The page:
Crate training puppies: What every owner should know
Rest assured – although crate training may seem cruel, it isn’t at all! In fact, if done right, it is extremely beneficial for you and your dog. Many vets will recommend crate training, but what is it all about?
What is crate training?
Crate training is teaching your pup to spend time in a small kennel or crate, and to be comfortable while in there. It’s important to remember that dogs are naturally “den” animals; most dogs will actually enjoy having a crate as a substitute for this den!
Why crate train?
For a number of reasons! We’ve listed just a few good ones here:
- It’s a safe place for them to go when nervous or scared
- Most dogs will enjoy eating their meal in a crate
- In case (fingers crossed) they have an injury and need to be rested in a very small space
- If they ever spend time at a vet (again, finger’s crossed!) they will most likely be in a relatively small cage. If crate trained, the experience will be much less stressful
- It will help you relax! If you ever need a break from your pet getting into your socks, or the garbage bin, it’s important they are comfortable resting in their crate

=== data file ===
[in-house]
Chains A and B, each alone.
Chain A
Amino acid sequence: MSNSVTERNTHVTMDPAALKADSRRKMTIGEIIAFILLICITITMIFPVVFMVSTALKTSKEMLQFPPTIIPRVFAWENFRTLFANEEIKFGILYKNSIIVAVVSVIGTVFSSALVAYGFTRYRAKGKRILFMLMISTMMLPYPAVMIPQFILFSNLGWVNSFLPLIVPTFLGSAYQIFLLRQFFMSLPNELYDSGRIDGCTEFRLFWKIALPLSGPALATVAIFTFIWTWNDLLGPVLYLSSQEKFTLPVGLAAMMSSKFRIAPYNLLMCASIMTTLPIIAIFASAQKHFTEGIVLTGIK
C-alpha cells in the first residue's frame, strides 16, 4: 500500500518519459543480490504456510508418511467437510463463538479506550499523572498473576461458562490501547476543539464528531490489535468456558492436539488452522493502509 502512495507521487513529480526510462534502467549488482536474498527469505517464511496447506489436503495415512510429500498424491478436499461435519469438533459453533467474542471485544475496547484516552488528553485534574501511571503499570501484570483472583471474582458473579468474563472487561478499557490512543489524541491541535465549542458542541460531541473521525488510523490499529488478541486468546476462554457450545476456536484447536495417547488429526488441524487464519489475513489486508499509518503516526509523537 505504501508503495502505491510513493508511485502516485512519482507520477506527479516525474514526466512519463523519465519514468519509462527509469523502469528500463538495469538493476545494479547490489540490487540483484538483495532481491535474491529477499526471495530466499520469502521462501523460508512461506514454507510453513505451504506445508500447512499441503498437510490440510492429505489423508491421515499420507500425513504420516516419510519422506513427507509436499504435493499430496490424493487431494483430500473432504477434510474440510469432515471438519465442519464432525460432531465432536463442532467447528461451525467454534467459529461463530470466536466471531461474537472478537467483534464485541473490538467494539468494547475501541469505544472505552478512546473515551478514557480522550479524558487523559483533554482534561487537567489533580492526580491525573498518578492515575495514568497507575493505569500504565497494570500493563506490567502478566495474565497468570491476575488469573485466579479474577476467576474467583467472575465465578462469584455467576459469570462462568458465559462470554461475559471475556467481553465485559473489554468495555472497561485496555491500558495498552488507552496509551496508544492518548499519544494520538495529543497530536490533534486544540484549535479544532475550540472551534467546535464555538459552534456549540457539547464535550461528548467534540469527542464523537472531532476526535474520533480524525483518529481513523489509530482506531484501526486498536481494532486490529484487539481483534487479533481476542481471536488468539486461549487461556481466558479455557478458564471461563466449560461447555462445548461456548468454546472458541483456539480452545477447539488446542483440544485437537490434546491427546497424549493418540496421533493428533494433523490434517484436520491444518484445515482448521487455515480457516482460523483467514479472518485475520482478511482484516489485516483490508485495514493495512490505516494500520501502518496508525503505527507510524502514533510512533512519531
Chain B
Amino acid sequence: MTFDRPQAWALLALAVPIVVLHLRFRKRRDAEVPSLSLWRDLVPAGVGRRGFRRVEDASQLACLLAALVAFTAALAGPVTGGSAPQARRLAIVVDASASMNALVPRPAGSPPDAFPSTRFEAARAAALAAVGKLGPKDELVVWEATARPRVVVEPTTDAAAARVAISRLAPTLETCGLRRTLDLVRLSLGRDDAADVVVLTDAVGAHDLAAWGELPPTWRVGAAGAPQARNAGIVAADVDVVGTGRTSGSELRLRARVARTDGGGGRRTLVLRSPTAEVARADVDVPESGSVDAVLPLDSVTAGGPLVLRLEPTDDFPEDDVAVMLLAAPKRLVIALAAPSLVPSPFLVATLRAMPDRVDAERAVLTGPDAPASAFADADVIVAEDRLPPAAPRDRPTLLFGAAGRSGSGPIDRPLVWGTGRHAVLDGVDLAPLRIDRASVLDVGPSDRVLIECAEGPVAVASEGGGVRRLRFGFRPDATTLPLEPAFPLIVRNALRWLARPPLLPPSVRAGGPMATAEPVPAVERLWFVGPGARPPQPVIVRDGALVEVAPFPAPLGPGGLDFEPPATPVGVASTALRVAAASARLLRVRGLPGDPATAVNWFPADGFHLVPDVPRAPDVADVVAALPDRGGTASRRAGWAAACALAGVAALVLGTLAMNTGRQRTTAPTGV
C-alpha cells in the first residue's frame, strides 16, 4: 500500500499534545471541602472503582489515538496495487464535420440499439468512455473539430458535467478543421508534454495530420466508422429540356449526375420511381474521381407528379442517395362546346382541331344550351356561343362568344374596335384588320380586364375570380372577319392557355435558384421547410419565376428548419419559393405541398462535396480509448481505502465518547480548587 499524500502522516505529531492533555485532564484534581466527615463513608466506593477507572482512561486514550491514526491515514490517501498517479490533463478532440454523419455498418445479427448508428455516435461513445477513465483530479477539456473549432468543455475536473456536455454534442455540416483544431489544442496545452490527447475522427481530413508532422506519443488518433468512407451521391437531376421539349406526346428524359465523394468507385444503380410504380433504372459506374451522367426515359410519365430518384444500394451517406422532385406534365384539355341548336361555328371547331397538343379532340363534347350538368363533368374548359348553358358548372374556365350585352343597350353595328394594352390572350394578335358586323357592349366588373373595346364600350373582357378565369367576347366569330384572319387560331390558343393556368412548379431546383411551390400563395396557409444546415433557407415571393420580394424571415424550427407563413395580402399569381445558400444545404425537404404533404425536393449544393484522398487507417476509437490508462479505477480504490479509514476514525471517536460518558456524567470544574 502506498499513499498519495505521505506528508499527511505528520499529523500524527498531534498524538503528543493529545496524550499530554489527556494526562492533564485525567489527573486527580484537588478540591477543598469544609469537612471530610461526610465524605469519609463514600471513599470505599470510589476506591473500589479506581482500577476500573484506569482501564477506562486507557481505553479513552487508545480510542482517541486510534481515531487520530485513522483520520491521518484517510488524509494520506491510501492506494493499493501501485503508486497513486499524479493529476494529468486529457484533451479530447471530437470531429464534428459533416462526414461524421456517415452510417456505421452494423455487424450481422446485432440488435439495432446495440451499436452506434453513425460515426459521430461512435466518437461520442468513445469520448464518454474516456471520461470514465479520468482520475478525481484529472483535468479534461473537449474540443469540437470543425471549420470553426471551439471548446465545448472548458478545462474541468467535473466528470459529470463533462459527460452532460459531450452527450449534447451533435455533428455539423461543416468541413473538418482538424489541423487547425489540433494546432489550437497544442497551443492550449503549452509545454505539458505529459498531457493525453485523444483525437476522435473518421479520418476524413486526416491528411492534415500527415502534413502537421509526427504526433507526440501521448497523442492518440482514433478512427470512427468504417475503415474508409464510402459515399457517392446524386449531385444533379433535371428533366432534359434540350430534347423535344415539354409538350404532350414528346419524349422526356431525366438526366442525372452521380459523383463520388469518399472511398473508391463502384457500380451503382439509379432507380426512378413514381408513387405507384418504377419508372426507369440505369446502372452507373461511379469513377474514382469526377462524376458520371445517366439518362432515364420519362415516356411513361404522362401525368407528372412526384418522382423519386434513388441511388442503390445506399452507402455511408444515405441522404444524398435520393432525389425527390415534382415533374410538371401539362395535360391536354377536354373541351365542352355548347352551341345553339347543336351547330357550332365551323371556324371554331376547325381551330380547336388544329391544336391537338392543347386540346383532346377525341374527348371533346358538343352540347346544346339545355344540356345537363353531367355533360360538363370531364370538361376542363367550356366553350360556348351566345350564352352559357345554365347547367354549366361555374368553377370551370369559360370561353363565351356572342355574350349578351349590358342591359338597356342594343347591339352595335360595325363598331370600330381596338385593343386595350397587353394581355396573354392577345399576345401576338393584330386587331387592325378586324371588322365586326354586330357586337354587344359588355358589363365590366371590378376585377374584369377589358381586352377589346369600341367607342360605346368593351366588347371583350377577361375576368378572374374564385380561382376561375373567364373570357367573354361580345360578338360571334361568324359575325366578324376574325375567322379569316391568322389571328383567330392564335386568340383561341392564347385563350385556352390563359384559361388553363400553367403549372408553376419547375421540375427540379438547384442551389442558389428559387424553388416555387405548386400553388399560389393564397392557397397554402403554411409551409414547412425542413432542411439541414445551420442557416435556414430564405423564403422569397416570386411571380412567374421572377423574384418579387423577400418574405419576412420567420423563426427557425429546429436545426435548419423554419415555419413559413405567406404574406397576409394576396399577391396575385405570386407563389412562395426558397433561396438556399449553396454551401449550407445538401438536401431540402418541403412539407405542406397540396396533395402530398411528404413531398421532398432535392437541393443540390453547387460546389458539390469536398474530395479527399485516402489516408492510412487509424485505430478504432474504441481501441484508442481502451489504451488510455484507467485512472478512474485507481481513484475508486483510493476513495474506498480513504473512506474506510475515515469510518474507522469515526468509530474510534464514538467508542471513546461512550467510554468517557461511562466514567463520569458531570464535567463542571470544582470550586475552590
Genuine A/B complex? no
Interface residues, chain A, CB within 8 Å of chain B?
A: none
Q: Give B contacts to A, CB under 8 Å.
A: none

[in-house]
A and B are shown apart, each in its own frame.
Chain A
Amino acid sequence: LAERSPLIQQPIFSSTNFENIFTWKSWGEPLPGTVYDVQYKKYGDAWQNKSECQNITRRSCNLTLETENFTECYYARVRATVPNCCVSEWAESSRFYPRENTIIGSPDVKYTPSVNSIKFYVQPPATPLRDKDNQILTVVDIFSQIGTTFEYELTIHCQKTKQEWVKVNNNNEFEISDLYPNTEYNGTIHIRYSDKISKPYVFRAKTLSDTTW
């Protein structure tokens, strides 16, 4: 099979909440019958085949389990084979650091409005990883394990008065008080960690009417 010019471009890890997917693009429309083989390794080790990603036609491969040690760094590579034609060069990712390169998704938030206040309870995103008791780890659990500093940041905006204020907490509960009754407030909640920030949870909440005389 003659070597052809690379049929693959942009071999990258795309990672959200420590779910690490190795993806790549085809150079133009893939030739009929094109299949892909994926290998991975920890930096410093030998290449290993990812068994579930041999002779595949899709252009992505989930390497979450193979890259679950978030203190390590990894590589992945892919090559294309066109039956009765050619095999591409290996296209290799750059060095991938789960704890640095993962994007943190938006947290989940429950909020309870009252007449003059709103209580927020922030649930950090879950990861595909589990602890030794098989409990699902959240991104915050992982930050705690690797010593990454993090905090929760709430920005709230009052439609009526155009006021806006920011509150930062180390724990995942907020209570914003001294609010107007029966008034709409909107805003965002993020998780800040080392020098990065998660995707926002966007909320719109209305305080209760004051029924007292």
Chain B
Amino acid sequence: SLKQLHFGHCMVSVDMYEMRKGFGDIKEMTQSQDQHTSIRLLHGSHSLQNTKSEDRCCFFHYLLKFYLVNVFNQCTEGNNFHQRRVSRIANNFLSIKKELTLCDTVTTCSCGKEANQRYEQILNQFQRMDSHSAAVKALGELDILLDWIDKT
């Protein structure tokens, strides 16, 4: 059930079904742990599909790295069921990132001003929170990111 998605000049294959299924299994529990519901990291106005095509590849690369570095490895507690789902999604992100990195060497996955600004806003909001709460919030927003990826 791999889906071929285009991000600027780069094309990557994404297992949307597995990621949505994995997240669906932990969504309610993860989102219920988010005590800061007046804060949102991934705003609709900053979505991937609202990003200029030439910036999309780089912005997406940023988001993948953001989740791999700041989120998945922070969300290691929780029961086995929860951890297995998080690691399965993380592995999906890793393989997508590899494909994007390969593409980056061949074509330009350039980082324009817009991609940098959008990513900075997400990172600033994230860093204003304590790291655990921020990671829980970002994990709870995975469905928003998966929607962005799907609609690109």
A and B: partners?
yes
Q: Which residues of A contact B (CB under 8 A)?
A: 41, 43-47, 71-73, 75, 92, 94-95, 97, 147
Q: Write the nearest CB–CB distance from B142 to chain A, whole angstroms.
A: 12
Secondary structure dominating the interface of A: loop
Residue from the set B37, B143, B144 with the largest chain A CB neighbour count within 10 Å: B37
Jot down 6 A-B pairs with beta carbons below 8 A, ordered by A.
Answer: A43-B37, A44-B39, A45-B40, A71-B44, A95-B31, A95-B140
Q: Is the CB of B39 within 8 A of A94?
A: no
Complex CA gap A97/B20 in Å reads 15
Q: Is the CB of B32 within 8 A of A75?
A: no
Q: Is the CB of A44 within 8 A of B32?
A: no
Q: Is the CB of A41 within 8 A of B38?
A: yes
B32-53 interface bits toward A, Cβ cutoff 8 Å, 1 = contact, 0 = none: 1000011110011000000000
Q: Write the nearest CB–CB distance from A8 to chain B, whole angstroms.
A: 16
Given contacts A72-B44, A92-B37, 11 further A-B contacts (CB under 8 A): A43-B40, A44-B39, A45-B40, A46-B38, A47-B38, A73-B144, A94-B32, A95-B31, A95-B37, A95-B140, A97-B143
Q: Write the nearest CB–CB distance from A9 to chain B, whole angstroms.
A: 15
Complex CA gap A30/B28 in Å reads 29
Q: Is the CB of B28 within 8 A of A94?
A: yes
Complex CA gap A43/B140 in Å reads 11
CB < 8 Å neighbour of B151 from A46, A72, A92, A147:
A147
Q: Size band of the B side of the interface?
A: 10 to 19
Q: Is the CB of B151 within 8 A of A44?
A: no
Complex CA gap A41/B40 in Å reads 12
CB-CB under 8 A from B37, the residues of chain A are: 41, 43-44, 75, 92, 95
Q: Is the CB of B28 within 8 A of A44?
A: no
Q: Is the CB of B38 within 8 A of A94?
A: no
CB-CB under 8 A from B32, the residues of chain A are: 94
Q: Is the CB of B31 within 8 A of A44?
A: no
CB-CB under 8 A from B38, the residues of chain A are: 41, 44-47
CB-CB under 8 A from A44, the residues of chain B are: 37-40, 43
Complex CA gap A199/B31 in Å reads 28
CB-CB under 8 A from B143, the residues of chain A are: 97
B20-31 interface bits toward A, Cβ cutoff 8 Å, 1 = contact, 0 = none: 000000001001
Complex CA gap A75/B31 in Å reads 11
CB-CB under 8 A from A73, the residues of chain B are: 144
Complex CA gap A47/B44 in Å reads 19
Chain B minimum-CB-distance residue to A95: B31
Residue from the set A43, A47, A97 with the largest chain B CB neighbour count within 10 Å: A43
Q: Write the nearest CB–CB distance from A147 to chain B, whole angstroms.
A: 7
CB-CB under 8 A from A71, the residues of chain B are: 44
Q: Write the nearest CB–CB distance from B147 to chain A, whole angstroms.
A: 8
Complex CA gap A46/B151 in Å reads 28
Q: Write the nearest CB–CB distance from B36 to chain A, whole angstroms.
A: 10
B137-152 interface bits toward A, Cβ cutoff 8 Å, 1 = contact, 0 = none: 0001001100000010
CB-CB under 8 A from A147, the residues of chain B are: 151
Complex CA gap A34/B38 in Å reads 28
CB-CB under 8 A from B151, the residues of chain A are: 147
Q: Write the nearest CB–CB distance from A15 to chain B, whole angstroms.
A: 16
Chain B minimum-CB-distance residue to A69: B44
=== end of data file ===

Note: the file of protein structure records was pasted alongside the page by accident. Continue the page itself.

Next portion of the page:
Five key tips for crate training:
Ensure the crate is the right size.
Your dog should be able to sit, stand, eat and lie down in the crate. If it is too big with lots of spare room, they may be tempted to toilet in the crate, which is far from ideal!
Get them used to it slowly.
Initially just place your dog in the crate for 15 minutes with the door open and sit with them, so they aren’t stressed. Increase this to 30 minutes, then 45 minutes. Once they seem settled in the crate, try leaving them alone in there with a distraction, such as a Kong toy.
Always use rewards! If your dog does the right thing in his or her crate, it is important to give them a treat and a cuddle. This way they will recognise that they’ve done the right thing, and they’re much more likely to do it again! We suggest treats like greenies that are good for their oral health and can keep them busy or these.
Don’t use a crate as punishment. As smart as dogs are, they won’t realise that they have done something wrong if they are placed in a crate as punishment. They may just become more nervous, and then naughtier.
Know how much is too much. Even the best-behaved dogs won’t want to spend too long in their crate. After all, they are social and loving animals! As a general rule, if you’ve adopted a puppy at 8 weeks (2 months), they should spend no more than 3 hours a day in a crate. This can be increased as they get older, provided they’re getting plenty of socialisation and exposure to new people/places.
Where do I get a crate?
Crates aren’t something you can readily buy at a vet when getting a health check or vaccination. We’ve got some of our favourites here! See our article on dog crates.
Author’s note: Rescue Pets writers select and write about topics we think you’ll like and need to make your choices simpler and easier. Rescue Pets uses affiliate links in our posts, so we can get a small revenue from your purchases.